That TRRS socket actually has of odd configuration of 4 pins so that you can use the genuine Apple headphone/microphone all-in-one 4-pin combo that comes with iPods & iPhones etc. Generally they look like this:
Here is your microphone, right? The Sennheiser ME3. Notice there is a locking ring on that plug? Also, notice how there are two little black lines on the end there? That is the insulation separating the 3 conductive contacts aka 3 pins This is a TRS plug: ( - )( + )(⏚).
It comes with the following caveats:
1. The plug on your microphone has a rotating "locking ring", you have probably found that the microphone isn't working, or works only
sporadically depending on the connection. The issue is that locking
ring prevents the non-standard plug from fully engaging when plugging
into your sound card.
2. Please note that all versions of the Sennheiser ME3 are wired differently than usual headset microphones and are not electrically
compatible with many computer sound cards.
First of all, you're probably going to need something like this:
3. Additional Note: This adapter does not change the unusual wiring scheme used by Sennheiser in the manufacture of the ME3. The ME3 is not compatible with all sound cards. If you are having trouble, we recommend you interface your ME3 with an external USB sound adapter, such as the Andrea Pure Audio (MA) adapter, Buddy 7G or the SpeechWare MultiAdapter.
I don't know what's up with the strange wiring scheme. Maybe it's a stereo microphone, maybe it has something to do with their noise cancellation feature, maybe they use some weird shielding in their cable, maybe they're using balanced cables, maybe they just decided to use an odd wiring scheme and call it a proprietary connector, preventing people from using aftermarket accessories, maybe it was an accident. I can only speculate without digging deeper or seeing a schematic or something. If it were me, I would probably cut the plug off and wire it in a traditional manner. Apparently though, these are compatible with the Sennheiser ME3. They are known as The Andrea Pure Audio USB-SA Adapter & The Andrea Pure Audio USB-MA Adapter, respectively.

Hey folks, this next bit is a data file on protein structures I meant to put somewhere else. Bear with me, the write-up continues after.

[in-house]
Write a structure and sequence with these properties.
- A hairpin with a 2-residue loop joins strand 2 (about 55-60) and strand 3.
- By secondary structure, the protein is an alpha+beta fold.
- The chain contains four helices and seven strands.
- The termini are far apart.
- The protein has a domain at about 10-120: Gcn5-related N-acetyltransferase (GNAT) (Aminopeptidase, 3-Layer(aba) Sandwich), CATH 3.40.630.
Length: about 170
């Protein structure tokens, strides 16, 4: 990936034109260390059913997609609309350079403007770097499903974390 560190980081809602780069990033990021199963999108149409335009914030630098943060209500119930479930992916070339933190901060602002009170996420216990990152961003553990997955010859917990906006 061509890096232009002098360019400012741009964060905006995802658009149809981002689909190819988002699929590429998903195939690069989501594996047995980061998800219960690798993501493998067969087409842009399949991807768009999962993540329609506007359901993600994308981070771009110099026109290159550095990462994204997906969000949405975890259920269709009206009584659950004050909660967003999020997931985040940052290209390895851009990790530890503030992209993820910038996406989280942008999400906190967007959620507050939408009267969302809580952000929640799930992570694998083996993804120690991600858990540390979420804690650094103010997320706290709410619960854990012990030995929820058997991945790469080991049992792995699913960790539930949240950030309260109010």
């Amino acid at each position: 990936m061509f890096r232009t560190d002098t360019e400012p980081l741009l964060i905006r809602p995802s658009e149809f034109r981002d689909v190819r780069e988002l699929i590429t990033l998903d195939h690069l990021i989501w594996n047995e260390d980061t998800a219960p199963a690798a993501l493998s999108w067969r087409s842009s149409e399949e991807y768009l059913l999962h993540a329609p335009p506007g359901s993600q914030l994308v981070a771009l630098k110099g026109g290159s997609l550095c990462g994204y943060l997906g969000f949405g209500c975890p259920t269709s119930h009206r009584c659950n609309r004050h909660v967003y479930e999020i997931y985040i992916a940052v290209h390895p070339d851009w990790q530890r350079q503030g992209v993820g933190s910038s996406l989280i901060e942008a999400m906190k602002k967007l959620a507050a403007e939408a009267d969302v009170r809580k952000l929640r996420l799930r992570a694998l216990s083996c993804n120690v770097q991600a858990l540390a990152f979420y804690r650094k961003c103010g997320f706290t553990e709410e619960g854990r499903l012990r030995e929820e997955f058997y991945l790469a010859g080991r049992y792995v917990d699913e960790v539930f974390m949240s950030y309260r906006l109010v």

If by some miracle you have an ordinary connector, or you find a suitable line-level adapter to make things "normal", you're probably still going to want one of these;
1/8" TRRS male to 1/8" TS female input & 1/8" TRS female adapters:
Yes, it looks and sounds weird. The 4-conductor TRRS plug on this cable uses the CTIA standard configuration, which puts the microphone signal on the sleeve (versus being on the second ring in the OMTP standard). The CTIA standard has always been used by Apple and HTC, while older Samsung, Nokia & Sony Ericsson devices (for instance) initially used the OMTP standard.
Plug the 3.5mm (1/8") male TRRS plug into the audio jack on your laptop.
The smaller of the two 3.5mm (1/8") female jack bodies is the TRS stereo headphone output. Plug your standard earphones, headphones, speakers, or other output device into this jack.
The larger of the two 3.5mm (1/8") female jack bodies is the TS mono microphone input. Plug your (hopefully, now) "standard PC style microphone cable" into this jack.